US8788035B2 (en) 2005-10-14 2014-07-22 Pacesetter, Inc. Leadless cardiac pacemaker triggered by conductive communication
US9192774B2 (en) 2005-10-14 2015-11-24 Pacesetter, Inc. Cardiac pacemaker system for usage in combination with an implantable cardioverter-defibrillator
US7937148B2 (en) 2005-10-14 2011-05-03 Nanostim, Inc. Rate responsive leadless cardiac pacemaker
US8798745B2 (en) 2005-10-14 2014-08-05 Pacesetter, Inc. Leadless cardiac pacemaker system for usage in combination with an implantable cardioverter-defibrillator
US8855789B2 (en) 2005-10-14 2014-10-07 Pacesetter, Inc. Implantable biostimulator delivery system
US9358400B2 (en) 2005-10-14 2016-06-07 Pacesetter, Inc. Leadless cardiac pacemaker
US9872999B2 (en) 2005-10-14 2018-01-23 Pacesetter, Inc. Leadless cardiac pacemaker system for usage in combination with an implantable cardioverter-defibrillator
US9072913B2 (en) 2005-10-14 2015-07-07 Pacesetter, Inc. Rate responsive leadless cardiac pacemaker
US7945333B2 (en) 2005-10-14 2011-05-17 Nanostim, Inc. Programmer for biostimulator system
US8457742B2 (en) 2005-10-14 2013-06-04 Nanostim, Inc. Leadless cardiac pacemaker system for usage in combination with an implantable cardioverter-defibrillator
US9168383B2 (en) 2005-10-14 2015-10-27 Pacesetter, Inc. Leadless cardiac pacemaker with conducted communication
US9216298B2 (en) 2005-10-14 2015-12-22 Pacesetter, Inc. Leadless cardiac pacemaker system with conductive communication
US8788053B2 (en) 2005-10-14 2014-07-22 Pacesetter, Inc. Programmer for biostimulator system
US8920319B2 (en) 2005-11-01 2014-12-30 Abbott Diabetes Care Inc. Analyte monitoring device and methods of use
US8915850B2 (en) 2005-11-01 2014-12-23 Abbott Diabetes Care Inc. Analyte monitoring device and methods of use
US9078607B2 (en) 2005-11-01 2015-07-14 Abbott Diabetes Care Inc. Analyte monitoring device and methods of use
US9326716B2 (en) 2005-11-01 2016-05-03 Abbott Diabetes Care Inc. Analyte monitoring device and methods of use
US9323898B2 (en) 2005-11-04 2016-04-26 Abbott Diabetes Care Inc. Method and system for providing basal profile modification in analyte monitoring and management systems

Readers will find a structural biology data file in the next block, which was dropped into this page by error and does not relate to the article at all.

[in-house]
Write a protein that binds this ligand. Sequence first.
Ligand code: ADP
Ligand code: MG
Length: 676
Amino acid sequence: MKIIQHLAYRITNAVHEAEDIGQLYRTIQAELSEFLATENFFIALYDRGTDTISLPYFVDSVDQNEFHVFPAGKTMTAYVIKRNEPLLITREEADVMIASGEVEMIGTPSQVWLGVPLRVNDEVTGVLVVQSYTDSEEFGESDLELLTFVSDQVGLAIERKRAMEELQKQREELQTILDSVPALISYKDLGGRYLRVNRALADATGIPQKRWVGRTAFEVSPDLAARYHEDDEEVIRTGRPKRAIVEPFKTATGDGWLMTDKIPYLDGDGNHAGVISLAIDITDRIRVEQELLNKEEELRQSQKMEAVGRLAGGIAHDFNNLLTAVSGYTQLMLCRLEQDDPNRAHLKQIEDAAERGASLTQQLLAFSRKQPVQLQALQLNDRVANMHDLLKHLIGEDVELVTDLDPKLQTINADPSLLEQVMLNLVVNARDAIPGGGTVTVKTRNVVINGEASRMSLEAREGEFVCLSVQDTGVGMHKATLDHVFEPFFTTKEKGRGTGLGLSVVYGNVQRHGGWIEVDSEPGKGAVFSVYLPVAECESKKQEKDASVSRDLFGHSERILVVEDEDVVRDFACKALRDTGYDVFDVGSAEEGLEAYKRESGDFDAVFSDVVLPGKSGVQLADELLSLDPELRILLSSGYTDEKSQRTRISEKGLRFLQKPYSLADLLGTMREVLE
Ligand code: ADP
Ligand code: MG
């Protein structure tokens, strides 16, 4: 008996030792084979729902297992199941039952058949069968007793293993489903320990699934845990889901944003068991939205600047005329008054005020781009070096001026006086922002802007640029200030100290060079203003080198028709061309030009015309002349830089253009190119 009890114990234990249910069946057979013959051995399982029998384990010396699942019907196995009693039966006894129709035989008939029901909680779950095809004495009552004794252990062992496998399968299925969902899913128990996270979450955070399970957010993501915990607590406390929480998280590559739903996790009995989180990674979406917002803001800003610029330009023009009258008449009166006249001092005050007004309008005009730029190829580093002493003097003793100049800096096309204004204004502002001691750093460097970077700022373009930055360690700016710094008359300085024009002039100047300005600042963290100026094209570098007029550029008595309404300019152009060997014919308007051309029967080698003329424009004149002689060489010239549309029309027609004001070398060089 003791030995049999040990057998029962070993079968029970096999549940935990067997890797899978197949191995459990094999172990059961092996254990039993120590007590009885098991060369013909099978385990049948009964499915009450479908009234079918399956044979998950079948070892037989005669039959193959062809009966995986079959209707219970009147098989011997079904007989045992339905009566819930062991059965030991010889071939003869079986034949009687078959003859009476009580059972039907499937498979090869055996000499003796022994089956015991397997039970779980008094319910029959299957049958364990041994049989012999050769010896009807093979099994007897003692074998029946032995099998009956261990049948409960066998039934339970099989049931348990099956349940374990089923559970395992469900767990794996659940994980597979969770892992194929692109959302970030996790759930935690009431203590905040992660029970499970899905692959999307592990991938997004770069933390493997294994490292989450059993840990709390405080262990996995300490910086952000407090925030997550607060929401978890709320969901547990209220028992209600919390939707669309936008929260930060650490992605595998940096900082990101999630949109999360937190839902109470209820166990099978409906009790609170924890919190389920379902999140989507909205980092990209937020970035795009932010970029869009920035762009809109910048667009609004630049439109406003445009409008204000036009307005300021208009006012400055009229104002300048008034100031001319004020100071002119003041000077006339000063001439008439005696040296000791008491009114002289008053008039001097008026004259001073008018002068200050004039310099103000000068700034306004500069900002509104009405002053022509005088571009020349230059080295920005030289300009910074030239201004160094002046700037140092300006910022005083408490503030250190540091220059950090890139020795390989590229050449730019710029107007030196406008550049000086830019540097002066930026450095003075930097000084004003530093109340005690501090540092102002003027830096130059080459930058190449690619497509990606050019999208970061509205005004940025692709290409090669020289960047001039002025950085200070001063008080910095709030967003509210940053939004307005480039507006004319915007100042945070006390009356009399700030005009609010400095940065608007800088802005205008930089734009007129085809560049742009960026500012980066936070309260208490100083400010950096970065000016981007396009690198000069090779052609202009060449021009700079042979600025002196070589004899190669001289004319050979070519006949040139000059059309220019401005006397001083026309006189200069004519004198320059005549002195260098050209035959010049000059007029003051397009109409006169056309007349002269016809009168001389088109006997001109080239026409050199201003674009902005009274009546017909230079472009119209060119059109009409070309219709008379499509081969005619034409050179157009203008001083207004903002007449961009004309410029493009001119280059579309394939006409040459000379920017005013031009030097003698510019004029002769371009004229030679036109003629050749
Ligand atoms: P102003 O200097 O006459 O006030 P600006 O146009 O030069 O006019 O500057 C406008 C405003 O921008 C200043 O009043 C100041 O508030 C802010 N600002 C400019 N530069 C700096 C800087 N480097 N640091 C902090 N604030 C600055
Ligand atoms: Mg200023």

US9669162B2 (en) 2005-11-04 2017-06-06 Abbott Diabetes Care Inc. Method and system for providing basal profile modification in analyte monitoring and management systems
US8585591B2 (en) 2005-11-04 2013-11-19 Abbott Diabetes Care Inc. Method and system for providing basal profile modification in analyte monitoring and management systems
US7766829B2 (en) 2005-11-04 2010-08-03 Abbott Diabetes Care Inc. Method and system for providing basal profile modification in analyte monitoring and management systems
US7931598B2 (en) 2005-11-23 2011-04-26 Vital Sensors Holding Company, Inc. Implantable pressure monitor
US8376953B2 (en) 2005-11-23 2013-02-19 Vital Sensors Holding Company, Inc. Implantable pressure monitor
US7686768B2 (en) 2005-11-23 2010-03-30 Vital Sensors Holding Company, Inc. Implantable pressure monitor
US8382677B2 (en) 2005-11-23 2013-02-26 Vital Sensors Holding Company, Inc. Anchored implantable pressure monitor
US20110201949A1 (en) * 2005-11-23 2011-08-18 Vital Sensors Holding Company, Inc. Anchored implantable pressure monitor
US20110201948A1 (en) * 2005-11-23 2011-08-18 Vital Sensors Holding Company, Inc. Implantable pressure monitor
US7931597B2 (en) 2005-11-23 2011-04-26 Vital Sensors Holding Company, Inc. Anchored implantable pressure monitor
US20070118039A1 (en) * 2005-11-23 2007-05-24 Vital Sensors Inc. Implantable device for telemetric measurement of blood pressure/temperature within the heart
US7682313B2 (en) 2005-11-23 2010-03-23 Vital Sensors Holding Company, Inc. Implantable pressure monitor
US7729758B2 (en) 2005-11-30 2010-06-01 Boston Scientific Neuromodulation Corporation Magnetically coupled microstimulators
US7620451B2 (en) 2005-12-29 2009-11-17 Ardian, Inc. Methods and apparatus for pulsed electric field neuromodulation via an intra-to-extravascular approach
WO2007076690A1 (en) * 2005-12-30 2007-07-12 Southeast University The method and equipment for neural channel bridge aided by a micro-electronic system
US20090112286A1 (en) * 2005-12-30 2009-04-30 Southeast University Neural channel bridge aided by a micro-electronic system
US8000806B2 (en) 2005-12-30 2011-08-16 Southeast University Neural channel bridge aided by a micro-electronic system
US20090198295A1 (en) * 2006-01-30 2009-08-06 Dennis Charles L Intravascular Medical Device
US20070179558A1 (en) * 2006-01-30 2007-08-02 Gliner Bradford E Systems and methods for varying electromagnetic and adjunctive neural therapies